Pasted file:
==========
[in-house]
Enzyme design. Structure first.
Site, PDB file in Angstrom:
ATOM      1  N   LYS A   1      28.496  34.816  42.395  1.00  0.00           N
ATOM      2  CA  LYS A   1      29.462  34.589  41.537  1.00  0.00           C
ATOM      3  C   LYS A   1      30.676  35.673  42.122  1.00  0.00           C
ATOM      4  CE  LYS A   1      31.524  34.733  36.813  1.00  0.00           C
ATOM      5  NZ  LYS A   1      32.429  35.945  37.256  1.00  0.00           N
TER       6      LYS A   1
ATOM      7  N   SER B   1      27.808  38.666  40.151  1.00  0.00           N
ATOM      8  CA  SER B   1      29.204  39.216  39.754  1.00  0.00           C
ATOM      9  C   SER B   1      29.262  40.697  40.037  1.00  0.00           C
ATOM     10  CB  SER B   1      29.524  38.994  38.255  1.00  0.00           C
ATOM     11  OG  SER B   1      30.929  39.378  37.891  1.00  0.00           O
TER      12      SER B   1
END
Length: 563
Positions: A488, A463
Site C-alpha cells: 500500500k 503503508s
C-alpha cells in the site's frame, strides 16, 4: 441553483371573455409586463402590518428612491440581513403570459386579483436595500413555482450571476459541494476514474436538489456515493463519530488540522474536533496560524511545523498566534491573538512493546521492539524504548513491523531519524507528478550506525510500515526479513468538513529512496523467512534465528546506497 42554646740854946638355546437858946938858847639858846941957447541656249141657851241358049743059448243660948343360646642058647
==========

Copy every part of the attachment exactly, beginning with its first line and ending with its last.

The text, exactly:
[in-house]
Enzyme design. Structure first.
Site, PDB file in Angstrom:
ATOM      1  N   LYS A   1      28.496  34.816  42.395  1.00  0.00           N
ATOM      2  CA  LYS A   1      29.462  34.589  41.537  1.00  0.00           C
ATOM      3  C   LYS A   1      30.676  35.673  42.122  1.00  0.00           C
ATOM      4  CE  LYS A   1      31.524  34.733  36.813  1.00  0.00           C
ATOM      5  NZ  LYS A   1      32.429  35.945  37.256  1.00  0.00           N
TER       6      LYS A   1
ATOM      7  N   SER B   1      27.808  38.666  40.151  1.00  0.00           N
ATOM      8  CA  SER B   1      29.204  39.216  39.754  1.00  0.00           C
ATOM      9  C   SER B   1      29.262  40.697  40.037  1.00  0.00           C
ATOM     10  CB  SER B   1      29.524  38.994  38.255  1.00  0.00           C
ATOM     11  OG  SER B   1      30.929  39.378  37.891  1.00  0.00           O
TER      12      SER B   1
END
Length: 563
Positions: A488, A463
Site C-alpha cells: 500500500k 503503508s
C-alpha cells in the site's frame, strides 16, 4: 441553483371573455409586463402590518428612491440581513403570459386579483436595500413555482450571476459541494476514474436538489456515493463519530488540522474536533496560524511545523498566534491573538512493546521492539524504548513491523531519524507528478550506525510500515526479513468538513529512496523467512534465528546506497 42554646740854946638355546437858946938858847639858846941957447541656249141657851241358049743059448243660948343360646642058647